Myanmar’s People Will Triumph

December 23rd, 2022  •  Author:   Progressive Voice  •  13 minute read
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Support for the valuable and essential work of local civil society and humanitarian organizations through cross border and direct funding streams must be scaled up, as the humanitarian crisis in Myanmar deepens. 

This year has been incredibly challenging for the people of Myanmar as the junta intensifying its war of terror, but they continue to valiantly resist the military junta’s illegal coup attempt of 1 February 2021. Another year marked by incredible loss and tragedy but one that has shown the world the strength of a movement spearheaded by ordinary people defending democracy against military tyranny. It is important to reflect and take stock as we approach the end of 2022, and look to 2023 – grieving the losses and resolute in our determination towards a Union that is a genuine federal democracy, which guarantees equality and justice for all peoples, in full respect of the rule of law. Crucially, we must reflect on the military-induced political, human rights and humanitarian crises, the military junta’s nefarious plans to seize power through sham elections in 2023 and the worsening situation of Rohingya and other ethnic and religious communities, which the international community must urgently reckon with.

This year the military junta has intensified their airstrikes, deliberately targeting civilians, schools, places of worship and hospitals in violation of international law. The military junta’s all-out war against the people of Myanmar has triggered mass displacement – with at least 1.4 million people displaced (at least 1.1 million since 1 February 2021), which has seen incredible need for humanitarian aid nationwide. Since the junta continues to weaponize aid and restrict access to international and national aid agencies, local Myanmar civil society and community-based organizations and humanitarian networks have risen to the challenge, addressing as best they can the increasing humanitarian needs of especially most vulnerable communities. While the local networks, systems and infrastructures are in place to receive assistance through border based and direct funding, donors have not met the needs on the ground with flexibility and sufficiency.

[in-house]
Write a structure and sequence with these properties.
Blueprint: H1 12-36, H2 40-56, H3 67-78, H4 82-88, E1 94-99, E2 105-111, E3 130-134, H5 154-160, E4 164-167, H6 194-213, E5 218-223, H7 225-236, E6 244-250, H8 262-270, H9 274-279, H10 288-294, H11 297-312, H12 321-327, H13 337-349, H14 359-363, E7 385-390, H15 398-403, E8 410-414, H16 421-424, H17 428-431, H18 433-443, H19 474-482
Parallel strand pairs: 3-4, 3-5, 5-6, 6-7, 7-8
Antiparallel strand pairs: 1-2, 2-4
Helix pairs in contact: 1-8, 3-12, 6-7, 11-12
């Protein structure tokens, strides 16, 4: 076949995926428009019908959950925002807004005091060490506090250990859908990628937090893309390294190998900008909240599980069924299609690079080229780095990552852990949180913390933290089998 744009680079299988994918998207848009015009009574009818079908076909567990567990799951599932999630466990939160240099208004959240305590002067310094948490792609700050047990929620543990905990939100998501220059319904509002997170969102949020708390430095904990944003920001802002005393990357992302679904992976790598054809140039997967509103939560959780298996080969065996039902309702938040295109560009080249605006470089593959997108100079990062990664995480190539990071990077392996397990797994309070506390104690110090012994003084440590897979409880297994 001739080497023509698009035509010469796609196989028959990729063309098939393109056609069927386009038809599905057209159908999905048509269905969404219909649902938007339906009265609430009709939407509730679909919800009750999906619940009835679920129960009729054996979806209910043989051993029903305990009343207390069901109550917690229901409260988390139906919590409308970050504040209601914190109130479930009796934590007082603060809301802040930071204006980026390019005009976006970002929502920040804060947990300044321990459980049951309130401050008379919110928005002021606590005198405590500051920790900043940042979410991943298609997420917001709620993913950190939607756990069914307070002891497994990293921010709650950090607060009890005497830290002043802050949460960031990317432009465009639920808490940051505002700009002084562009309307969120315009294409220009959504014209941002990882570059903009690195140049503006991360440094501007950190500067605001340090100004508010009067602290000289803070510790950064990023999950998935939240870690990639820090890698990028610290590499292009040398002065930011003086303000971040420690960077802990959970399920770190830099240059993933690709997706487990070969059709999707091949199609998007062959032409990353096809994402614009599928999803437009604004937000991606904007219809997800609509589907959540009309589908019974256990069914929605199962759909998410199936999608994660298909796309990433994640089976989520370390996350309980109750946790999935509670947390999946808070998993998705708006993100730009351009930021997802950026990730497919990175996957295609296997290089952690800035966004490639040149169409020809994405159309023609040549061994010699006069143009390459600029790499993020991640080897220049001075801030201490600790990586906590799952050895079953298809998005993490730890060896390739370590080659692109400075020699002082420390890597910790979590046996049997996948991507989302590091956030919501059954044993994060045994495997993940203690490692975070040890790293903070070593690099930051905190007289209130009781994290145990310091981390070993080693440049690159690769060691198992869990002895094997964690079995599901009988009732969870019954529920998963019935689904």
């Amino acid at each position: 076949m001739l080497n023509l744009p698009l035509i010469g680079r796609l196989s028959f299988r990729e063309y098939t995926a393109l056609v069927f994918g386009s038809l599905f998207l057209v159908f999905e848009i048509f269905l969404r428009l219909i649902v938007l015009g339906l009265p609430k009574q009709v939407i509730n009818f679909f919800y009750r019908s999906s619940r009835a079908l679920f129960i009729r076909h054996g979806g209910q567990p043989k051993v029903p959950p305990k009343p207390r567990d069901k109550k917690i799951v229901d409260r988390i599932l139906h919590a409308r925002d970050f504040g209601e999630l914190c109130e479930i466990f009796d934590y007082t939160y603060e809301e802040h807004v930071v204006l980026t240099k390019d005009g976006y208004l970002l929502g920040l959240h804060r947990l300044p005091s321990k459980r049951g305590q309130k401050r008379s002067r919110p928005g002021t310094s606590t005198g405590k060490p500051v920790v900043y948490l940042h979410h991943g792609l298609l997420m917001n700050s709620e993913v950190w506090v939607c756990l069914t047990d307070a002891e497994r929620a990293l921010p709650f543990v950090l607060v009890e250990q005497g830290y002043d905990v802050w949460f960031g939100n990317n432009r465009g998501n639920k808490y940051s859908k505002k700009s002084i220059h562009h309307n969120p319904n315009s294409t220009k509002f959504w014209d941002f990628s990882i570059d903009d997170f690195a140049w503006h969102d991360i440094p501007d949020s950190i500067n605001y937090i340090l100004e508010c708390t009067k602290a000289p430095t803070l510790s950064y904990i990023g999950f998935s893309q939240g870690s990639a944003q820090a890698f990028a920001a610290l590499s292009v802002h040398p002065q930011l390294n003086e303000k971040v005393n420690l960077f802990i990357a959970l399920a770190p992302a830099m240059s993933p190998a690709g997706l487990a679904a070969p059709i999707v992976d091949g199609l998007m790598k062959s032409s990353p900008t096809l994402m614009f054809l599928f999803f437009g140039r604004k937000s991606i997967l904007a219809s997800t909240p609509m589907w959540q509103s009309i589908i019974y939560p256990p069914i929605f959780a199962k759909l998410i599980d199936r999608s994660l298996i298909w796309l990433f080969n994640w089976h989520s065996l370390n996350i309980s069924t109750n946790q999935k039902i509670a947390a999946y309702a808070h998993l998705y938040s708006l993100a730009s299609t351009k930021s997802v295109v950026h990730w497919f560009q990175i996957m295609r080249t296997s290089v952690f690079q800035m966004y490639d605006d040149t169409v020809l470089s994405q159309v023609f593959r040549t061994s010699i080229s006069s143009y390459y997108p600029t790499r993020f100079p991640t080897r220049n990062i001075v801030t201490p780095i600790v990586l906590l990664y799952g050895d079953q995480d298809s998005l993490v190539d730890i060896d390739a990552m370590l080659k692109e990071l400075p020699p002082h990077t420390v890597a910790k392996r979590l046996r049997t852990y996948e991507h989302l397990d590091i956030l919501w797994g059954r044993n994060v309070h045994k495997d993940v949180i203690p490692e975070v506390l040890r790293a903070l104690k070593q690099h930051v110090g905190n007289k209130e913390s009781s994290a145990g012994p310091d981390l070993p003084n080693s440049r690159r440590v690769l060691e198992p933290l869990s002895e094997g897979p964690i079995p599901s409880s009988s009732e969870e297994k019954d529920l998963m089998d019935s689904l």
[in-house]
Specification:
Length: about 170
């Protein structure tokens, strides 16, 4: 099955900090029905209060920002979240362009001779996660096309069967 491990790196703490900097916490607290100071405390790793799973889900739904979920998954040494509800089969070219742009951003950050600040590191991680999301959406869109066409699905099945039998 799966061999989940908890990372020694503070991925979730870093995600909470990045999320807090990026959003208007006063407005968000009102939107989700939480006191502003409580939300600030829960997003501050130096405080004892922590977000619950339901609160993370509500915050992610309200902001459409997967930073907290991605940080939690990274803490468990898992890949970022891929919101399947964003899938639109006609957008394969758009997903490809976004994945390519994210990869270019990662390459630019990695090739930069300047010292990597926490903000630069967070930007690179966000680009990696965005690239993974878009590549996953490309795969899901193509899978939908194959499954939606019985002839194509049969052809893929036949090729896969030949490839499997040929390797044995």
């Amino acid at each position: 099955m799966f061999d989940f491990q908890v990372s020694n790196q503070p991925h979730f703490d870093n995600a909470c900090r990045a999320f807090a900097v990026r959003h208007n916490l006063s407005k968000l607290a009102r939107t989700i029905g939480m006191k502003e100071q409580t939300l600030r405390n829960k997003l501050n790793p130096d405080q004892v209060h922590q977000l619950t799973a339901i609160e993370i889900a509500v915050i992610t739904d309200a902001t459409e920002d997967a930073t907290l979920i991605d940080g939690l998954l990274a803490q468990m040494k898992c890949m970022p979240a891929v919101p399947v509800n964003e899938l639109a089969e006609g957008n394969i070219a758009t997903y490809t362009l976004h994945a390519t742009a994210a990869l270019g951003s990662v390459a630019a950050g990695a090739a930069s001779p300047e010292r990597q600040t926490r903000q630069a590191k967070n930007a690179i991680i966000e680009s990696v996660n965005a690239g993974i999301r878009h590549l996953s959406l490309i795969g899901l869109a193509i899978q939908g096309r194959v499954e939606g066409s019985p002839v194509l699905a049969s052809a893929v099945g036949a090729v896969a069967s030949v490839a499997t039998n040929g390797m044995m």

Support for the valuable and essential work of local civil society and humanitarian organizations through cross border and direct funding streams must be scaled up, as the humanitarian crisis in Myanmar deepens. These local groups are best placed to reach and serve those communities in need – with proven track records of success. It is wholly insufficient for governments and donors to provide assistance through UN agencies and other humanitarian organizations that work with the military junta – aid simply does not reach those most in need. Last week in Karenni State, World Food Programme rice sacks intended for internally displaced persons (IDPs) were being sold in the local stores in Loikaw, sold to those who can afford it and failing to reach those in need. This is not new to local people. The military junta continues to weaponize humanitarian aid in their war against the people of Myanmar in 2022 – destroying aid and refusing to let UN and other aid actors have access to IDPs where the aid is desperately needed. As Progressive Voice’s Chairperson of the Advisory Board has articulated consistently since the coup attempt, “There is nothing neutral about engaging with Myanmar’s military”. Donors and humanitarian organizations face a crucial choice. In Myanmar, requiring all humanitarian action to stick to the orthodox principle of neutrality means working with an illegitimate military junta who lacks legitimacy and does not have full territorial control on the ground. Instead, the international aid community can choose to support rights-based and ethnic civil society organizations and the pro-democracy movement.